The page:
If there’s one thing we realized, Dhofar is really a big place and that there’s always something to discover. We assumed that we already tried all of its street food in our recent visit, but we were wrong. Other than the much-loved mishkak grilled on stone (which is some of the best in Oman, btw) and the chicken madhbi (also grilled on stones), we later came across with masarin, which is surprisingly good. We won’t describe it to avoid spoiling the fun. There’s also the desert called fattah, which is a close cousin to Um Ali that is also delicious. Other than the street food, do enjoy the local fruits abundant during the khareef season. And you can’t miss the coconuts. Did you know that there are several varieties of coconuts you can try if you ask the seller?

    Take the uncharted path

    Salalah during khareef is nature at its finest. We won’t even bother talking about it if it’s not worth visiting. But Salalah is far more than just the usual attractions. If you’ve visited all the ains, waterfalls, peaks, and beaches, remember that you have a vast playground at your disposal, and there is definitely a different corner you haven’t checked out. Have you heard of the unique baobab trees, some of the biggest that has grown in Salalah? It definitely sounds intriguing, right? Our recent visit had taken us to a wrong turn, where we ended up visiting the upper part of the big waterfall in Wadi Darbat. From the top with the sweeping view of the valley below, that was a truly memorable experience.

    Keep the mask on and socially distance at all times

    Remember, we are still in the middle of a pandemic. We are also faced with an enemy who constantly mutates. As many of us already know, the newer variants tend to get transferred faster, so that’s definitely a risk we can’t take. Keeping our group close and adhering to the Supreme Committee rules as well as maintaining precautions at all times made us enjoy our trip to Salalah the same as the previous years we explored it before corona. We would have to keep reminding, pace, or consequences, though, while it’s all fun and games and before you book that flight or drive that car, check on your family members. Contemplate. Is one of your family members considered high risk? If they are, the choice is always yours to make.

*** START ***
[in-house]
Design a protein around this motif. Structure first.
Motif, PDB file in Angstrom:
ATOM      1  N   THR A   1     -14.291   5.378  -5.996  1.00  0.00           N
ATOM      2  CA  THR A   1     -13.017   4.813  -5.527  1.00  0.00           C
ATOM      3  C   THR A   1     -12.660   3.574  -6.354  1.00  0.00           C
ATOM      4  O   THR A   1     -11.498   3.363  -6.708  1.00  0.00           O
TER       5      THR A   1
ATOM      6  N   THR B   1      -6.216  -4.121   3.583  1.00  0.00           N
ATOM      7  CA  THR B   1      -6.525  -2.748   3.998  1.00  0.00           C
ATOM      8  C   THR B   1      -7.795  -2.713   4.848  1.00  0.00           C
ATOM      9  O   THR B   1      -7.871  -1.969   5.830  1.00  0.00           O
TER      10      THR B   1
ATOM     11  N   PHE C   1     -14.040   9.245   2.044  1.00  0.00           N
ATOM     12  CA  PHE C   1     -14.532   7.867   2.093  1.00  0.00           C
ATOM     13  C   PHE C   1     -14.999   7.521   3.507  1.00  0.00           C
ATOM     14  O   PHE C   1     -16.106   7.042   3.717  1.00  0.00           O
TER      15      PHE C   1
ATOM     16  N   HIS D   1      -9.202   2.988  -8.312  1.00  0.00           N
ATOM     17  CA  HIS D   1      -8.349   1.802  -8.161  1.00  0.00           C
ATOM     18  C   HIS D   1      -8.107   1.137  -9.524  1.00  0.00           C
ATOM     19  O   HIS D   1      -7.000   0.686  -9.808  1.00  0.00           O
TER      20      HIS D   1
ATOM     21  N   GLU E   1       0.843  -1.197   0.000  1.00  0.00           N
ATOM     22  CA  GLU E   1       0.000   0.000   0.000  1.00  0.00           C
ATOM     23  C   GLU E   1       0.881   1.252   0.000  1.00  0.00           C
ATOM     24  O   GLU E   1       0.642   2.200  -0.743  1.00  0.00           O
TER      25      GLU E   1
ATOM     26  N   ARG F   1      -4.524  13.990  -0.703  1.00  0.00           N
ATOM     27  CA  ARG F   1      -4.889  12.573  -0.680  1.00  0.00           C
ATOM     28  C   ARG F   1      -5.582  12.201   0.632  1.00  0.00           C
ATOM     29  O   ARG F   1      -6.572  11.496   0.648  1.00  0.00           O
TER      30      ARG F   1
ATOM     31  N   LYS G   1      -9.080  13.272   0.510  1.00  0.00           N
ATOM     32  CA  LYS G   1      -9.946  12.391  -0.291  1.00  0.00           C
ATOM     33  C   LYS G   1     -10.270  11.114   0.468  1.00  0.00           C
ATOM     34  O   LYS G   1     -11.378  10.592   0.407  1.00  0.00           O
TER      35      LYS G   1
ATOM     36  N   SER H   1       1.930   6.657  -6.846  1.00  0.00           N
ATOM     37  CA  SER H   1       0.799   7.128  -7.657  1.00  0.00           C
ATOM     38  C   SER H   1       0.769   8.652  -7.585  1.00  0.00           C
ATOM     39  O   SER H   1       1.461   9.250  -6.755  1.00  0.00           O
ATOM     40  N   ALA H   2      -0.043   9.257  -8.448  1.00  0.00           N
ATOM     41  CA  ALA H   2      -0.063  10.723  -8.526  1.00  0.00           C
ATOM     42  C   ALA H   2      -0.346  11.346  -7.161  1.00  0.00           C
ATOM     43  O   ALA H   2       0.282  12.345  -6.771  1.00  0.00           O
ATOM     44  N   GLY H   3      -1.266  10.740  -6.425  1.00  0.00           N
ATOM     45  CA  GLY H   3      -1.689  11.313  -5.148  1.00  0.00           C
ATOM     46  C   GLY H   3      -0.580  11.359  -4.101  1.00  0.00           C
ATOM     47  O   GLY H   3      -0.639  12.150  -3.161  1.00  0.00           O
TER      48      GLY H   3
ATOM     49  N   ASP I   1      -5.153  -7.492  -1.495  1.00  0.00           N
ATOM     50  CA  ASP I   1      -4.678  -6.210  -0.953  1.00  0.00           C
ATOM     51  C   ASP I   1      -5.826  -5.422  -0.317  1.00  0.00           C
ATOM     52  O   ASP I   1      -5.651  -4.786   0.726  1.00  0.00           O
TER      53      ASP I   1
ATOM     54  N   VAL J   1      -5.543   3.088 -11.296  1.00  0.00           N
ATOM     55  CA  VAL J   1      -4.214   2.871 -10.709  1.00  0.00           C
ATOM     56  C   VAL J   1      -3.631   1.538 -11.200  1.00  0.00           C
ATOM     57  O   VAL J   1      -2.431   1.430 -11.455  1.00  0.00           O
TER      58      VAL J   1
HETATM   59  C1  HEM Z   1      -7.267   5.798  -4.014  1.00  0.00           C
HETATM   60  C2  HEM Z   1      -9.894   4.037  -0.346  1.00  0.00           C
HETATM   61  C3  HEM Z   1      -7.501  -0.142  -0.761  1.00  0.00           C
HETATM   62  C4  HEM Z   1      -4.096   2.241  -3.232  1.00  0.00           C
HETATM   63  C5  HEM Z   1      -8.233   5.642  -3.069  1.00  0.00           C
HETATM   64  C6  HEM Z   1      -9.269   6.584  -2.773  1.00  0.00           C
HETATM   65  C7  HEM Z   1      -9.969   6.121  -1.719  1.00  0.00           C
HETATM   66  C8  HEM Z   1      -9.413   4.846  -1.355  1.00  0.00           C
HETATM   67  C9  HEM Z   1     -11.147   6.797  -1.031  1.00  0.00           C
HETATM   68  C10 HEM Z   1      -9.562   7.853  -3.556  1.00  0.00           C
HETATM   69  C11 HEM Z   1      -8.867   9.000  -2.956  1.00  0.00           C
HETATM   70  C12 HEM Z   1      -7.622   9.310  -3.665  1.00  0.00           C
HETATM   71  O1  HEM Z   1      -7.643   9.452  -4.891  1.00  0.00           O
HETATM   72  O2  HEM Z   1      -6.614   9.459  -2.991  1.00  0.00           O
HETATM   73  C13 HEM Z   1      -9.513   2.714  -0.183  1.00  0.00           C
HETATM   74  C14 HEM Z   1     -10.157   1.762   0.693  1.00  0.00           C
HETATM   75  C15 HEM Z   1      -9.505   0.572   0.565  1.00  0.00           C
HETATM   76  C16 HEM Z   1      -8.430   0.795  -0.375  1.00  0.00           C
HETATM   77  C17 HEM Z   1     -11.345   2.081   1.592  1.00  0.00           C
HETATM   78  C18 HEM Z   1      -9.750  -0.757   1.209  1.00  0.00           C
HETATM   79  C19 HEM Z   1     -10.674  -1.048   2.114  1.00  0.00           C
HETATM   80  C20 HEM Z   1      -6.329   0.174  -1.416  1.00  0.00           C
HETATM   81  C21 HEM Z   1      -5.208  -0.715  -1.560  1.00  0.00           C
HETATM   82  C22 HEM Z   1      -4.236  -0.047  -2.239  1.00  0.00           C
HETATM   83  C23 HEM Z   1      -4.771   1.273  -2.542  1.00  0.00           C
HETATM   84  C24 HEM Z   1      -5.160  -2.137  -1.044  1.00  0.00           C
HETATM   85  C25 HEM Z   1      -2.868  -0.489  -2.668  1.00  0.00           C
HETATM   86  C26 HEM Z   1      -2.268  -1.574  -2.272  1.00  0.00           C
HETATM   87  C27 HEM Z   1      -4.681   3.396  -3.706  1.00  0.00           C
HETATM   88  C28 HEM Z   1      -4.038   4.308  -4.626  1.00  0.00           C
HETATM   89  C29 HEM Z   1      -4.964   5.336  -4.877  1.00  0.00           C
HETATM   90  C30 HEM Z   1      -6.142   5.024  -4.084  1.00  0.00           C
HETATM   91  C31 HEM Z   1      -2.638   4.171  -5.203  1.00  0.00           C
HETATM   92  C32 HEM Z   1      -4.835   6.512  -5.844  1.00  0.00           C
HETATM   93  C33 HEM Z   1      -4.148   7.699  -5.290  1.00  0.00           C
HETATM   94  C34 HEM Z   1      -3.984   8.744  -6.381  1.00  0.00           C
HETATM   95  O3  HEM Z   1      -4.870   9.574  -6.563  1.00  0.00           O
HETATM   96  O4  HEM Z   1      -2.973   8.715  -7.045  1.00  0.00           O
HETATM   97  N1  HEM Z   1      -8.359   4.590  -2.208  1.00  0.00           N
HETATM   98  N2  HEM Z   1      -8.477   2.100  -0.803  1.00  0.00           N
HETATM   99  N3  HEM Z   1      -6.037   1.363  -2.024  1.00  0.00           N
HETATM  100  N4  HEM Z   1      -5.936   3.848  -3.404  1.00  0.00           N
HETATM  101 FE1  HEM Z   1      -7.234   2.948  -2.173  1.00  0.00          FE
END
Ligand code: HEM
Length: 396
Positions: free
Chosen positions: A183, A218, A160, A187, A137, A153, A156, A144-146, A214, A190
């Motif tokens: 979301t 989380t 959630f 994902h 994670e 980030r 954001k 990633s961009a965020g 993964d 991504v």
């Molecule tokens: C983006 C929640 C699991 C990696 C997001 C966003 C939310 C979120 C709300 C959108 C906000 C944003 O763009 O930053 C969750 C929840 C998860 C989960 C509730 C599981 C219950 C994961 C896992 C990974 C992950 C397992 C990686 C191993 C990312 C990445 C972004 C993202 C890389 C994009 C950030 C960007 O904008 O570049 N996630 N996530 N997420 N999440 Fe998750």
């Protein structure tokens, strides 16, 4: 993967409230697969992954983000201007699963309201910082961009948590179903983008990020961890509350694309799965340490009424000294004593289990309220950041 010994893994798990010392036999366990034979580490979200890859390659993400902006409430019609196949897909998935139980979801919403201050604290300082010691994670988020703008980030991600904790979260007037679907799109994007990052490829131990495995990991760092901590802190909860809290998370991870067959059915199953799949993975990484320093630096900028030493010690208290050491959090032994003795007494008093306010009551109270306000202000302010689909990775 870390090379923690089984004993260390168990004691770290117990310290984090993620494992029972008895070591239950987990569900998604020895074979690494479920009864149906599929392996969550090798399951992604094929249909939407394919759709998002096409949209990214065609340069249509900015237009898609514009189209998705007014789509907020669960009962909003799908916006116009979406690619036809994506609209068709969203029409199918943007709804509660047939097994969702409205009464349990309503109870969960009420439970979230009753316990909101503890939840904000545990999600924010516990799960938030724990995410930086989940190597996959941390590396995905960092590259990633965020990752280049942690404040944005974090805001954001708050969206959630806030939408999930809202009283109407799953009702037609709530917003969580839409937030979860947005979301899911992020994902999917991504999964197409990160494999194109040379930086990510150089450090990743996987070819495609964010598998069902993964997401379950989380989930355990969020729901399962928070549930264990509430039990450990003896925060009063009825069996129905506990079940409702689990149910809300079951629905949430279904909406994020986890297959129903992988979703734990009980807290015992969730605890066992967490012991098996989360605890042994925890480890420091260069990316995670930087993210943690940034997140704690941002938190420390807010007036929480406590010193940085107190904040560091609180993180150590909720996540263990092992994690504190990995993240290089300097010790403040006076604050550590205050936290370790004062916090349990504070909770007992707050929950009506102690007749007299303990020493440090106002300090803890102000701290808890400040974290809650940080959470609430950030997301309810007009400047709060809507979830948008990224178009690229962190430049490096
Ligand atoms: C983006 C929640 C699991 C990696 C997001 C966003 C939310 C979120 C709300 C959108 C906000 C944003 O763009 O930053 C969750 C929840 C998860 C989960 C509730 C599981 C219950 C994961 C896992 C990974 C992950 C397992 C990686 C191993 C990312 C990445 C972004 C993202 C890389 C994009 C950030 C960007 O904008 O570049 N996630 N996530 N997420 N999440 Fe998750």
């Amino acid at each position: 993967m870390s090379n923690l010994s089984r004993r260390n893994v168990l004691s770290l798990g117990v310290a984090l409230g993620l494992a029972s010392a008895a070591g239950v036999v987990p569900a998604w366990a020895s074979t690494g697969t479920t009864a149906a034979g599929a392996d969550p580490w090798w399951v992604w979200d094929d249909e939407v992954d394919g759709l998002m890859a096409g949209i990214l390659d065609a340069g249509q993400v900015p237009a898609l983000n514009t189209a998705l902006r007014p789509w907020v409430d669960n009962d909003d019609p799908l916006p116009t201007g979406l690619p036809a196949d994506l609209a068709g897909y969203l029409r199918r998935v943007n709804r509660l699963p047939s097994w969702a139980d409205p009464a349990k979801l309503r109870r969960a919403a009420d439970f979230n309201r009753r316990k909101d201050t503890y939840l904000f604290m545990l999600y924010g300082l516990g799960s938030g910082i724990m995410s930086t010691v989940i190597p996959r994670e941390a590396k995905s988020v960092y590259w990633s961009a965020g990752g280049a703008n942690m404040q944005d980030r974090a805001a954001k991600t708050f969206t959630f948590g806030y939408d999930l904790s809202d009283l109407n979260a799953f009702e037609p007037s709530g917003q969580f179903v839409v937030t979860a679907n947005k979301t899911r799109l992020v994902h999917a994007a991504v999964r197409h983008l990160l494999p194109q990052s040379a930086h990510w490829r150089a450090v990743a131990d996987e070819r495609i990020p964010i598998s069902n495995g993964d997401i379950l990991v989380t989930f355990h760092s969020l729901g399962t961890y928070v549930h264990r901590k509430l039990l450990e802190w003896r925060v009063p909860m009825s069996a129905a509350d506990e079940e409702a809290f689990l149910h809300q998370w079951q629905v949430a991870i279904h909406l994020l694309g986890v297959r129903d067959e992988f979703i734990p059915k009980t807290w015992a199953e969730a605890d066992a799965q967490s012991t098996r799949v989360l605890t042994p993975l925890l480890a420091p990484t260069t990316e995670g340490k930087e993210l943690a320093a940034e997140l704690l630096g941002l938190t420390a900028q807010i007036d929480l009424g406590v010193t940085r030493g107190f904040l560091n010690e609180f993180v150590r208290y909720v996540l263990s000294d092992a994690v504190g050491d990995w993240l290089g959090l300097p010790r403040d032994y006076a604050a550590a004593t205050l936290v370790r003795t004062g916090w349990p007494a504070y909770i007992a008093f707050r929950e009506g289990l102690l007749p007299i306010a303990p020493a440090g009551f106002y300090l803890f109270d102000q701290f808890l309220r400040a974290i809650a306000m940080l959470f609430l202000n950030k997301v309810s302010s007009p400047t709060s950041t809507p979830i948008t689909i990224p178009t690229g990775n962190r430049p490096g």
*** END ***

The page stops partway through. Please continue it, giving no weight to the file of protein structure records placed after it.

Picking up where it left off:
Biodiversity Features

    The Arabian Oryx Sanctuary, covering c. 25,000 km2, is a world heritage site made famous for the successful re-introduction of Oryx leucoryx. It supports a diverse wildlife community and contains the largest population in the Arabian Peninsula of Arabian gazelle. Also present are Arabian sand gazelle, the Arabian wolf, caracal, honey badger, Ruppell’s sand fox, and the red fox. The Sanctuary’s Huqf escarpment contains one of the main populations in Oman of Nubian ibex.

    The Jebel Samhan in Oman’s Dhofar region, which is subject to little human disturbance, is thought to contain Arabia’s largest population of Arabian leopard, possibly its last stronghold in the wild. It is listed on the IUCN Red List of threatened animals as critically endangered (IUCN 2001). The area also contains a unique assemblage of larger mammals, including Blanford’s fox, genet, hedgehog, etc.

    The fog-affected escarpments of Dhofar have the highest number of endemic species and some of the most species-rich habitats in Oman. About 900 vascular plants have been recorded from the fog oasis of Oman and Yemen. Many of the plants have important medicinal or economic properties, the most famous of which is the frankincense tree (Boswellia sacra), which in the past brought great wealth to the area.

    Current Status

    In Oman, the Jebel Samhan of Dhofar was declared a National Nature Reserve by Royal Decree in June 1997, mainly due to its leopard population. The Arabian Oryx Sanctuary provides protection for Oryx leucoryx and other wildlife. However, poaching reduced the re-introduced oryx from over 400 in 1996 to 136 by January 1999. Several nature sanctuaries also exist on the Salalah coast. Through its Directorate of Nature Protectorates, the Ministry of Regional Municipalities and Environment designates protected areas and administers them together with the Office of the Adviser for Conservation of the Environment, Diwan of Royal Court.